Lovespoon History from The Lovespoon Workshop.

The Lovespoon Workshop
The Lovespoon Workshop

The Lovespoon Workshop copyright 2018..Ten fun Welsh Lovespoon and Lovespoon Workshop facts!!

1. The Welsh lovespoon tradition dates back to the 17th century.

2. The earliest dated Welsh lovespoon is dated 1667, you can see it at the National Folk Museum of Wales, St Fagans.

3. Here at The Lovespoon Workshop we have been making Welsh lovespoons since 1969.

4. Our own collection of Welsh lovespoons includes one special lovespoon that records each and every year since 1969.

5. Our ‘longest’ handcarved Welsh lovespoon that is on display at The Lovespoon Workshop is made from a single solid block of Oak and is over thirty foot long.

6. The longest amount of time we have spent making a lovespoon is three hundred hours!!

7. All of our Welsh lovespoons are handcarved here on site at The Lovespoon Workshop.

8. We once spent thirty hours on a lovespoon that went wrong!!

9. Our first lovespoon was made by Thomas the Woodcarver on the day of the investiture of Prince Charles.

10. In the UK the traditional symbol for eighty years of marriage is Oak but we are still waiting to be asked to make a lovespoon to record it.

The Lovespoon Workshop
The Lovespoon Workshop

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A Brief Lovespoon History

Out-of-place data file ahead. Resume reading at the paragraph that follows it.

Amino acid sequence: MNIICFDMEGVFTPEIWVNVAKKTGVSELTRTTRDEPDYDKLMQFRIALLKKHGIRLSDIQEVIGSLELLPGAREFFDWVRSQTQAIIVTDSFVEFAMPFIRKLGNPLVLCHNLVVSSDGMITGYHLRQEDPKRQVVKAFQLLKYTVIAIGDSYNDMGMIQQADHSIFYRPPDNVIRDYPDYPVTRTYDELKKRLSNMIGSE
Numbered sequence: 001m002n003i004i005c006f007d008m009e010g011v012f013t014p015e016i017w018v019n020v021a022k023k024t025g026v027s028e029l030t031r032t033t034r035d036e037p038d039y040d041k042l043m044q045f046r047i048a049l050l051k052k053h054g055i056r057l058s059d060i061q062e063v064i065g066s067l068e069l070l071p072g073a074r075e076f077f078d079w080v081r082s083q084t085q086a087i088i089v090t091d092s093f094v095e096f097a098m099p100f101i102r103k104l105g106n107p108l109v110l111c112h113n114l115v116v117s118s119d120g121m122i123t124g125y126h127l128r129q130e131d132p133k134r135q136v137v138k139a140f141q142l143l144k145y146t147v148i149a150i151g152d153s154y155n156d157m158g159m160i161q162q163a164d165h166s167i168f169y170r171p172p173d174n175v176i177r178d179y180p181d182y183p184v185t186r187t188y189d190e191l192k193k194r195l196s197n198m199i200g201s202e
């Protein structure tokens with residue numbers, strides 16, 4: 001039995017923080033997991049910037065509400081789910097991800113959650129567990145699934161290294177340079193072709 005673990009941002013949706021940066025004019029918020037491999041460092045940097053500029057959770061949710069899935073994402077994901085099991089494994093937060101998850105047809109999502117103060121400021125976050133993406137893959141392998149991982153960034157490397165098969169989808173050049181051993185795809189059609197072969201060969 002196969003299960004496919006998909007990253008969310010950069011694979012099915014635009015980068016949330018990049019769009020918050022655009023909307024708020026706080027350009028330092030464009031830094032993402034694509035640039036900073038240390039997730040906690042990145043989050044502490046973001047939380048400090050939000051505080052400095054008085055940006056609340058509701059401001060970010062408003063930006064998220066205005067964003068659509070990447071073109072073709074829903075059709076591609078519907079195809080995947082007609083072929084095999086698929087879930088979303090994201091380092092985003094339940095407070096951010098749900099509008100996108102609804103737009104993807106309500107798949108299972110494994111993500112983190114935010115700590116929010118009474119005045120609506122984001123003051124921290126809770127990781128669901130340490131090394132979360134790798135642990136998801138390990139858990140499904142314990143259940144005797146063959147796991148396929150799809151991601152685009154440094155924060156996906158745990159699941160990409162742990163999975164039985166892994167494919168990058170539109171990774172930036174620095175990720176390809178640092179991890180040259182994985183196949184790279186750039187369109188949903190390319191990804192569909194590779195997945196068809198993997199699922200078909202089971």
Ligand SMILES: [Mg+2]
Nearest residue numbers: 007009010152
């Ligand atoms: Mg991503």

The Welsh lovespoon dates back to the 17th century, the earliest example being dated 1667. We believe that sailors used to carve lovespoons, this is in part due to the amount of nautical symbols, including anchors, ships wheels and ships being carved into early designs.The link with sailors and seaside communities opens the tradition up to a wider world of wood, allowing us to use timbers that originate from all parts of the world.

Whilst similar customs to the Welsh lovespoon exist in different parts of the world the true lovespoon is Welsh in its origin. We note that only Wales lays claim to the lovespoon tradition. This leads us into the realm of Celtic design. Early lovespoons do not usually display much in the way of Celtic influence, however more recent developments within the lovespoon tradition have witnessed a successful fusion of both traditional lovespoon and Celtic design.

Lovespoon symbols are another area of the tradition that has received much attention. Numerous lists have been produced over the last fifty years from a variety of sources for various purposes. Whilst some symbols are obvious in their meaning, it is often the case that a symbol can have a variety of meanings depending on individual interpretation. For example an anchor is widely regarded as representing stability but it could also be used to simply portray a love of the sea.

The Lovespoon Workshop
The Lovespoon Workshop